Adventurer cycles into record books
An adventurer who was seriously hurt in a motorbike accident is thought to have cycled into the record books by becoming the first person to complete a trio of gruelling challenges.
Briton James Ketchell was told he would never walk properly again after shattering his ankle in a road accident in 2007.
But the 31-year-old Scout ambassador from London rose from his hospital bed to complete a remarkable recovery - and today became the first man believed to have rowed the Atlantic , climbed Mount Everest and completed an arduous global cycle.
Scout Ambassador Mr Ketchell was swamped by more than 150 people including family, friends, Scouts from all over the country and sponsorship supporters when he crossed the finish line at 1.30pm on Saturday in Greenwich.
He said: "It's an incredible feeling, I'm just so happy and relieved to have done it and hopefully I've inspired other people to achieve what they want to do in life in the process."
"I've met some amazing people along the way, people taking me into their homes, and visiting kids in schools, hospitals and obviously Scout groups, it was a once-in-a-lifetime experience and I hope I've done them justice in a way and repaid some of the generosity they've shown me."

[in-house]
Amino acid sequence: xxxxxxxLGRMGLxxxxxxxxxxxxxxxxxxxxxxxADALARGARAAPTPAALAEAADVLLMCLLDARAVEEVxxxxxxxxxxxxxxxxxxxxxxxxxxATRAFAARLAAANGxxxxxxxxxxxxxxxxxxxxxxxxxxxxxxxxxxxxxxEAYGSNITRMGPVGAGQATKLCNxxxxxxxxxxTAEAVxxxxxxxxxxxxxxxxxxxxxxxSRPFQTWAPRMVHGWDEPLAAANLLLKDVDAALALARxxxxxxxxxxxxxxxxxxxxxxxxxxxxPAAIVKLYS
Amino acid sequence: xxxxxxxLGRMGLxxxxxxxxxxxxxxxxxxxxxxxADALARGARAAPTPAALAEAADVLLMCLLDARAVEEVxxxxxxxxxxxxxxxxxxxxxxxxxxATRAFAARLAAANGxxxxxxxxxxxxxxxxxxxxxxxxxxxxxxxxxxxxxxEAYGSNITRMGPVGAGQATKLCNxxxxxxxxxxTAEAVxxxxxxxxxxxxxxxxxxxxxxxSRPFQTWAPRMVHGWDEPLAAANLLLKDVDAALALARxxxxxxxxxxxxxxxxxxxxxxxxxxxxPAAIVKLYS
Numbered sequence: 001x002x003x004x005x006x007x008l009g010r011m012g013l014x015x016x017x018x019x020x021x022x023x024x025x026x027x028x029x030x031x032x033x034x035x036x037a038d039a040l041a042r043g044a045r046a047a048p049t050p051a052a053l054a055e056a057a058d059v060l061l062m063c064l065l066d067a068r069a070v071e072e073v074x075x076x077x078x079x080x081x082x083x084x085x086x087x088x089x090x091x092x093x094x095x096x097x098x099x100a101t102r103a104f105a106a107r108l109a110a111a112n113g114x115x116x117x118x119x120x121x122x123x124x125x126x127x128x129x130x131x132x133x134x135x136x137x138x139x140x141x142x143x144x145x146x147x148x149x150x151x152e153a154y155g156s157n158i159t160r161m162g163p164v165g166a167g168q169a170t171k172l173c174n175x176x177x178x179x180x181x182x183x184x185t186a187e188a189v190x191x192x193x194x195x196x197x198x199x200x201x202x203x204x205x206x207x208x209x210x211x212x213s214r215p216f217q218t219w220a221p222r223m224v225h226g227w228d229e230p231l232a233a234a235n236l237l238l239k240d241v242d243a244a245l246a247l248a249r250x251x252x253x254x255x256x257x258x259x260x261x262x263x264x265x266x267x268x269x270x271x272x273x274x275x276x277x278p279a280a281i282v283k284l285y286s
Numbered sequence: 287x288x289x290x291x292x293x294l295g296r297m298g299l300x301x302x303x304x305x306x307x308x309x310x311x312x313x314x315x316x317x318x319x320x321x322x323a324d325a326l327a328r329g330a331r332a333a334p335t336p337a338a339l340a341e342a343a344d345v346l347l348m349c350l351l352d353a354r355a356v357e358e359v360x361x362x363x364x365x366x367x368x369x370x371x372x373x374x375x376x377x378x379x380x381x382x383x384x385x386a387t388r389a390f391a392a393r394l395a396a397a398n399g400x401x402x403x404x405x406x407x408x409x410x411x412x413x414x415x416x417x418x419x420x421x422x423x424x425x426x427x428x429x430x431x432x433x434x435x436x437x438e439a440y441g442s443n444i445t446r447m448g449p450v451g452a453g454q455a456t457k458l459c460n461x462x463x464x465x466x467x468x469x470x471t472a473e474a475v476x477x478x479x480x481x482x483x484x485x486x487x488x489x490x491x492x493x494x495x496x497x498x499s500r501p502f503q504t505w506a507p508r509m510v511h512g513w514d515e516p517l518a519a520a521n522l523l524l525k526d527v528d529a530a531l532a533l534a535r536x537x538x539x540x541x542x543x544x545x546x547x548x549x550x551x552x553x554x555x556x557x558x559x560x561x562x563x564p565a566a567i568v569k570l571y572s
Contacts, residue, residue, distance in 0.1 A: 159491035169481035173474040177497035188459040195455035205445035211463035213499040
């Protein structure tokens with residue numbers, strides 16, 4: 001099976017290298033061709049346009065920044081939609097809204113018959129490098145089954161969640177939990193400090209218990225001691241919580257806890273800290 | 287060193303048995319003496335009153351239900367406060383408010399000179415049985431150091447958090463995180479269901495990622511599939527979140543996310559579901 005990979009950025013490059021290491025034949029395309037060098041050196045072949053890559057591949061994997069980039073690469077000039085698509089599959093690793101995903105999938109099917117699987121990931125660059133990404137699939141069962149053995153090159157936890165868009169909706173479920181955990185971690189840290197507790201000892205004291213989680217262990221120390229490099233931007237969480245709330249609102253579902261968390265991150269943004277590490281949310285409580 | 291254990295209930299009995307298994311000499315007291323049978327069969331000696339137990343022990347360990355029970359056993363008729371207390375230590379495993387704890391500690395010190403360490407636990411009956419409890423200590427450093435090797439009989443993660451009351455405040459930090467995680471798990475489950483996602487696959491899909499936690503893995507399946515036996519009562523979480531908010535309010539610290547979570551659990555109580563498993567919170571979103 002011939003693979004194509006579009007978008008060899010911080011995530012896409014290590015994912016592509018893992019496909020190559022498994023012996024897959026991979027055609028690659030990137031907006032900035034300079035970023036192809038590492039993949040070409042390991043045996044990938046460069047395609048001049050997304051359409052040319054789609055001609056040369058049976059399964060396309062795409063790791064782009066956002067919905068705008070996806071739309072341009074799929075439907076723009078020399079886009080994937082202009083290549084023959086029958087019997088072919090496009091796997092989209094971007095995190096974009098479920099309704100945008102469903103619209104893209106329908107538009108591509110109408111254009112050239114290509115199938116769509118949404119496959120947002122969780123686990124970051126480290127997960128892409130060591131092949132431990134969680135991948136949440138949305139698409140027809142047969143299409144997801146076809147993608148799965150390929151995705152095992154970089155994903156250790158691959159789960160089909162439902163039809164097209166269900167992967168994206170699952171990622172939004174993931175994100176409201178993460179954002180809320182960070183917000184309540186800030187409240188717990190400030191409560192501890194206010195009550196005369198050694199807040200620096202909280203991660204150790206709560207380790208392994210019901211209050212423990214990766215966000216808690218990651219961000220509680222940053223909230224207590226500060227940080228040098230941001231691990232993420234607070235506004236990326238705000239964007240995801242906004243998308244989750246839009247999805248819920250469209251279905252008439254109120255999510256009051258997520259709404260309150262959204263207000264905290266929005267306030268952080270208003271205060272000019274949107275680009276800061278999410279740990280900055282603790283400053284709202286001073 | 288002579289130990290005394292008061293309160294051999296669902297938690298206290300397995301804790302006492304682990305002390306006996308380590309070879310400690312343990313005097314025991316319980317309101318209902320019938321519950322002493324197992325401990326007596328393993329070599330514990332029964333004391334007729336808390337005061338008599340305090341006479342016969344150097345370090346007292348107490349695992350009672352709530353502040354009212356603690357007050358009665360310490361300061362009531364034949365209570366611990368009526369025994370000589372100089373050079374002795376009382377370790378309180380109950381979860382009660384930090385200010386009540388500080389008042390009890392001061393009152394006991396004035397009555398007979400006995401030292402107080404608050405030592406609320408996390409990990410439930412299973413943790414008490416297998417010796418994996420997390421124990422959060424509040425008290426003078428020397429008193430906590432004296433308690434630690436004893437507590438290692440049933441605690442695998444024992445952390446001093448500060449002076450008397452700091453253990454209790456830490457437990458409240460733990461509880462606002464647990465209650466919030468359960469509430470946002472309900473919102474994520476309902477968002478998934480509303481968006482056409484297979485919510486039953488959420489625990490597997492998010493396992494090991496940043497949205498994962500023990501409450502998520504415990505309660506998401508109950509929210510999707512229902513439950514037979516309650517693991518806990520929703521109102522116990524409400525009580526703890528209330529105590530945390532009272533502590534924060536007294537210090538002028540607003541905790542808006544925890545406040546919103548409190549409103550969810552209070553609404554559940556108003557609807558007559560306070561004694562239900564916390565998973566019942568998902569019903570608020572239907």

The adventurer has been cycling on average 100 miles a day since June last year. The global cycle took him through over 20 different countries.
Mr Ketchell rowed the 3,000 miles from La Gomera to Antigua in 110 days, reached the 29,029-foot summit of Mount Everest in six weeks and cycled 18,000 miles around the world in just under eight months.
But seven years earlier he was told he could have severe difficulty walking and little chance of performing any continual physical tasks following the bike crash.
"That just made me want it more," said Mr Ketchell. "I could sit and feel sorry for myself, or I could do something about it."
The charity fundraiser has been testing his body to the limits in support of the ELIFAR Foundation, which aims to help improve the quality of life of disabled children and adults through grants for specialised equipment.